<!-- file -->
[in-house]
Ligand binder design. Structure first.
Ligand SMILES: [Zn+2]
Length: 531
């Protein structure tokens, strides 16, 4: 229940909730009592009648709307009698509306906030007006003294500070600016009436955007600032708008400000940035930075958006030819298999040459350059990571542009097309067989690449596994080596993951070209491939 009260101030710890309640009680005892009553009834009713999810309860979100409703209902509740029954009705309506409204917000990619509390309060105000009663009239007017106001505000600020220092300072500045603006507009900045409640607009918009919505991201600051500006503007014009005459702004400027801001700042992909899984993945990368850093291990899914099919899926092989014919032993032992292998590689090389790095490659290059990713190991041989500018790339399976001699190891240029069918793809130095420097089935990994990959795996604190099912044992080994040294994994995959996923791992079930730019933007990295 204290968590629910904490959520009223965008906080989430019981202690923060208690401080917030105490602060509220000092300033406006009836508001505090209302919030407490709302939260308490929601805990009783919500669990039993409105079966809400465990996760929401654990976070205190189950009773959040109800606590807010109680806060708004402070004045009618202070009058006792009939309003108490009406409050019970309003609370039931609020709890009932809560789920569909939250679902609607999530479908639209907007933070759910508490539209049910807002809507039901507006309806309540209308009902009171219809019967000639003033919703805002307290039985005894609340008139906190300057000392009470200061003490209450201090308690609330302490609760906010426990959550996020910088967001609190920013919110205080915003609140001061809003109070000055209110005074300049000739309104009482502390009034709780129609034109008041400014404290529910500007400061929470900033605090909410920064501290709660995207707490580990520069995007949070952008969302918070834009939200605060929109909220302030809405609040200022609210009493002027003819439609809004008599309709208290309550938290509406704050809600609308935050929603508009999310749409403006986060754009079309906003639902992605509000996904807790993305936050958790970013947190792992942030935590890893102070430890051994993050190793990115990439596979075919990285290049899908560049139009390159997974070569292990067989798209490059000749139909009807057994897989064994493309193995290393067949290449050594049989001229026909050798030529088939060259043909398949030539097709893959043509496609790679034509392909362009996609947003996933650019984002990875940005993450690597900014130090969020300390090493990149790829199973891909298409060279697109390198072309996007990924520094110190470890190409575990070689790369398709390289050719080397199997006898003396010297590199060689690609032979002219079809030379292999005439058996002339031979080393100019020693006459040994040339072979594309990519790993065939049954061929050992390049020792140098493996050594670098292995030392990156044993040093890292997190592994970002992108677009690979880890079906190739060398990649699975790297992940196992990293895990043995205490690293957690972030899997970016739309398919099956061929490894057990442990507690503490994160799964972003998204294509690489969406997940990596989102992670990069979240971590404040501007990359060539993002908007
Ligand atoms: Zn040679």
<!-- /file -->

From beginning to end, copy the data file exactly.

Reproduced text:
[in-house]
Ligand binder design. Structure first.
Ligand SMILES: [Zn+2]
Length: 531
């Protein structure tokens, strides 16, 4: 229940909730009592009648709307009698509306906030007006003294500070600016009436955007600032708008400000940035930075958006030819298999040459350059990571542009097309067989690449596994080596993951070209491939 009260101030710890309640009680005892009553009834009713999810309860979100409703209902509740029954009705309506409204917000990619509390309060105000009663009239007017106001505000600020220092300072500045603006507009900045409640607009918009919505991201600051500006503007014009005459702004400027801001700042992909899984993945990368850093291990899914099919899926092989014919032993032992292998590689090389790095490659290059990713190991041989500018790339399976001699190891240029069918793809130095420097089935990994990959795996604190099912044992080994040294994994995959996923791992079930730019933007990295 204290968590629910904490959520009223965008906080989430019981202690923060208690401080917030105490602060509220000092300033406006009836508001505090209302919030407490709302939260308490929601805990009783919500669990039993409105079966809400465990996760929401654990976070205190189950009773959040109800606590807010109680806060708004402070004045009618202070009058006792009939309003108490009406409050019970309003609370039931609020709890009932809560789920569909939250679902609607999530479908639209907007933070759910508490539209049910807002809507039901507006309806309540209308009902009171219809019967000639003033919703805002307290039985005894609340008139906190300057000392009470200061003490209450201090308690609330302490609760906010426990959550996020910088967001609190920013919110205080915003609140001061809003109070000055209110005074300049000739309104009482502390009034709780129609034109008041400014404290529910500007400061929470900033605090909410920064501290709660995207707490580990520069995007949070952008969302918070834009939200605060929109909220302030809405609040200022609210009493002027003819439609809004008599309709208290309550938290509406704050809600609308935050929603508009999310749409403006986060754009079309906003639902992605509000996904807790993305936050958790970013947190792992942030935590890893102070430890051994993050190793990115990439596979075919990285290049899908560049139009390159997974070569292990067989798209490059000749139909009807057994897989064994493309193995290393067949290449050594049989001229026909050798030529088939060259043909398949030539097709893959043509496609790679034509392909362009996609947003996933650019984002990875940005993450690597900014130090969020300390090493990149790829199973891909298409060279697109390198072309996007990924520094110190470890190409575990070689790369398709390289050719080397199997006898003396010297590199060689690609032979002219079809030379292999005439058996002339031979080393100019020693006459040994040339072979594309990519790993065939049954061929050992390049020792140098493996050594670098292995030392990156044993040093890292997190592994970002992108677009690979880890079906190739060398990649699975790297992940196992990293895990043995205490690293957690972030899997970016739309398919099956061929490894057990442990507690503490994160799964972003998204294509690489969406997940990596989102992670990069979240971590404040501007990359060539993002908007
Ligand atoms: Zn040679």